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IEP Development: Goal Writing

IEP Development: Goal Writing

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IEP Development: Goal Writing

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  1. IEP Development:Goal Writing 2009-2010

  2. Agenda • Welcome • Presentation on goal writing and how it is connected to the rest of the IEP • Reviewing a sample IEP • Susie’s PLAFFP, goals, benchmarks

  3. IDEA states: “…(I) a statement of the child’s present levels of academic achievement and functional performance, including- (aa) how the child’s disability affects the child’s involvement and progress in the general education curriculum; (bb) for preschool children, as appropriate, how the disability affects the child’s participation in appropriate activities;

  4. IDEA continued… …(II) a statement of measurable annual goal, including academic and functional goals, designed to- (aa) meet the child’s needs that result from the child’s disability to enable the child to be involved in and make progress in the general education curriculum; and…. (bb) meet each of the child’s other educational needs that result from the child’s disability; (III) a description of how the child’s progress toward meeting the annual goals described in sub-clause (II) will be measured and when periodic reports on the progress the child is making toward meeting the annual goals…” 20 U.S.C. § 1414 (d)(1)(A) (i)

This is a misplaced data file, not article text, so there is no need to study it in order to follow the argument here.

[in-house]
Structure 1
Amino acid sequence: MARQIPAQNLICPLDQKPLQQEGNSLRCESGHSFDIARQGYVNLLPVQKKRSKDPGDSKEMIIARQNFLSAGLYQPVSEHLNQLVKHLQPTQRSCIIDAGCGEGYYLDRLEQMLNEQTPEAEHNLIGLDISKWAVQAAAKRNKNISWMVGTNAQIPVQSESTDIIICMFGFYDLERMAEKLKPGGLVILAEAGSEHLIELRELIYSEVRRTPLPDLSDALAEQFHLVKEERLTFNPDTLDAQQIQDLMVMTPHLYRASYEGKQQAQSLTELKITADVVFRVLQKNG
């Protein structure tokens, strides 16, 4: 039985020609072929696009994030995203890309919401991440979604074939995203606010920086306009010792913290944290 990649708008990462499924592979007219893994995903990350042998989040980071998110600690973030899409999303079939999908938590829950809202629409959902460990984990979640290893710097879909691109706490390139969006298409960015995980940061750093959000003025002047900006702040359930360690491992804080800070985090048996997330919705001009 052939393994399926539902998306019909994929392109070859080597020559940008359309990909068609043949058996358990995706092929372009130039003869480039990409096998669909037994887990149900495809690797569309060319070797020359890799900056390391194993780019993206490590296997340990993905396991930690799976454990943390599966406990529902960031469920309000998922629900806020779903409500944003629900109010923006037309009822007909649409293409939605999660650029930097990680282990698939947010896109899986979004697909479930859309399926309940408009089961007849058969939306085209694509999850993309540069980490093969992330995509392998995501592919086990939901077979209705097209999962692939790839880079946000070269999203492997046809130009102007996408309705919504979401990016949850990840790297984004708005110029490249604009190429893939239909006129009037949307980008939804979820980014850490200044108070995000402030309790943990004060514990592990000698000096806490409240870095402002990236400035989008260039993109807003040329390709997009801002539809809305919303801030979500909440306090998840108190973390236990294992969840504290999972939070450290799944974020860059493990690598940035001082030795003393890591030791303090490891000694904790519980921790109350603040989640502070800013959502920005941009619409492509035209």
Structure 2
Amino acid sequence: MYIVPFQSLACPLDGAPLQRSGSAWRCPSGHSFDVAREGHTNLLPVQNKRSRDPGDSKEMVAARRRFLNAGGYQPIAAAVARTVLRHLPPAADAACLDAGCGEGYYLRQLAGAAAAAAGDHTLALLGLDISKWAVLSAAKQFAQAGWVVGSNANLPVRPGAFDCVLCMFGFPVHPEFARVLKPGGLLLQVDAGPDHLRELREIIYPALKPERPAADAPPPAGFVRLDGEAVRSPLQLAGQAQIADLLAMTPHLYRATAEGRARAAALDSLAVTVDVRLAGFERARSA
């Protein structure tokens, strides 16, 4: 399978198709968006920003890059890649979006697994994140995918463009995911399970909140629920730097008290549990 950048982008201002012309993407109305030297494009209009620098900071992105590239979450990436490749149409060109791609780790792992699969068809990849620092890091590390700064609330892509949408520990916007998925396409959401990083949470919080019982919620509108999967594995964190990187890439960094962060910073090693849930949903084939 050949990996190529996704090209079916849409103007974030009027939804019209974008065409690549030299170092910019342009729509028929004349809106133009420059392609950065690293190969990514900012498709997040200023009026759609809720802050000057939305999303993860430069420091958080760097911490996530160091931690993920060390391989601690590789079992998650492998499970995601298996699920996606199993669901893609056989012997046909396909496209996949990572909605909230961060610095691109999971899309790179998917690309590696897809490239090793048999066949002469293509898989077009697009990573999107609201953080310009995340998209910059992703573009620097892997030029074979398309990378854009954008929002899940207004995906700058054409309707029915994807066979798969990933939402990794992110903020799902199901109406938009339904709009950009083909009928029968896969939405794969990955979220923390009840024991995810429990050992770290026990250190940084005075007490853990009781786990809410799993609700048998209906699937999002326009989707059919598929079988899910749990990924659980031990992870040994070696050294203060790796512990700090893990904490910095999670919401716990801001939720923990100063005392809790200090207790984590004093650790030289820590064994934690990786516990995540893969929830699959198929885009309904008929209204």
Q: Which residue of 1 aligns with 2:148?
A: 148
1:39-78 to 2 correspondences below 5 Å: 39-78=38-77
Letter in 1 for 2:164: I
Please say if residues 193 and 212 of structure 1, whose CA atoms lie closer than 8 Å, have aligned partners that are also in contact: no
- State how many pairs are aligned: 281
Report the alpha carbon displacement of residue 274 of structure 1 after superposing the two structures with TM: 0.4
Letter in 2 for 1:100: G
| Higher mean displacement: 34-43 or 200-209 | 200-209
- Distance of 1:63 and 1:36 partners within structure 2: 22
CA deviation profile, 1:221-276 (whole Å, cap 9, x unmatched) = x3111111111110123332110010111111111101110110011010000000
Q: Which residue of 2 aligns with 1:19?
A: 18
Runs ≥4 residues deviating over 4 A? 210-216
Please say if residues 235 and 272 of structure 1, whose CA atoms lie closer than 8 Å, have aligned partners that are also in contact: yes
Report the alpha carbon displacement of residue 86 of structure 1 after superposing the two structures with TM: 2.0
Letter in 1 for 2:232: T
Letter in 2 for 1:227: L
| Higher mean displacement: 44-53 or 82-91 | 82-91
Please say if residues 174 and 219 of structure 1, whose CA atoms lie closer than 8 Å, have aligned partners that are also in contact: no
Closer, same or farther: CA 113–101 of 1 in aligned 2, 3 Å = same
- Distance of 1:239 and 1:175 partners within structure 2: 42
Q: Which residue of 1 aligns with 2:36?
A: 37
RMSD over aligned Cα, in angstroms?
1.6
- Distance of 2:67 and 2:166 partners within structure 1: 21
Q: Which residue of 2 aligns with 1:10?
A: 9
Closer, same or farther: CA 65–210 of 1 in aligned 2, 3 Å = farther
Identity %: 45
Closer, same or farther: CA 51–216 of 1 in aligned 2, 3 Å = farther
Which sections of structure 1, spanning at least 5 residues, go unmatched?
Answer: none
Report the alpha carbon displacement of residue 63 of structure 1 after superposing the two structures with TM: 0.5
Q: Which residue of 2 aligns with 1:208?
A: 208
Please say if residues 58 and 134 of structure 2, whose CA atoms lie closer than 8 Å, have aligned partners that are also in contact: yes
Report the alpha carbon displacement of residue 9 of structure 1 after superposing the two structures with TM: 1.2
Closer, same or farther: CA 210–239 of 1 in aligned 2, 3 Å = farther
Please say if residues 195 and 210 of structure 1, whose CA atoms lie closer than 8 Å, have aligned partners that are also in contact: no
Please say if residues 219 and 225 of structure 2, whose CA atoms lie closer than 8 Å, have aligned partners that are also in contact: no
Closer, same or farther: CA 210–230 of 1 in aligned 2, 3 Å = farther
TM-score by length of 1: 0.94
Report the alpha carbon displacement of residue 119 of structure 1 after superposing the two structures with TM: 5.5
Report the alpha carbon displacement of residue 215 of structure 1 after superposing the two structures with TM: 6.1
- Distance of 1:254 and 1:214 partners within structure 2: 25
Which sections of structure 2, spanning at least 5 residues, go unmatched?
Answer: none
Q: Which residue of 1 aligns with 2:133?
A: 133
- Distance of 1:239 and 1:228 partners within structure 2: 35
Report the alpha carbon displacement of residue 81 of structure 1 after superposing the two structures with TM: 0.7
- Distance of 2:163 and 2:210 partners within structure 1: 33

5. Why are goals important? • The IEP is the heart of the Individuals with Disabilities Education Act (IDEA), • The IEP ensures FAPE (Free and Appropriate Public Education), and • (Well-written) measurable goals and objectives/benchmarks are the heart of each IEP.

  6. Who writes a goal??? Teachers should draft goals for students well in advance of the IEP meeting. Teachers know the ILS and the curriculum, which need to guide the development of the goal. Case managers can provide feedback on the quality of information in DRAFT IEPs in advance. It is best practice for IEP drafts to be reviewed in advance of the meeting to ensure high quality documents.

  7. Goals MUST tie to all other sections of the IEP. • The content of the goal must make sense in context of the information presented in the General Considerations section (section 7 eIEP, section 4 in the old version of the IEP). • The goal must be • Aligned to the ILS • Linked to the Present Level of Academic Achievement and Functional Performance (PLAAFP) • Reflective of the progress toward mastery through the achievement of each benchmark.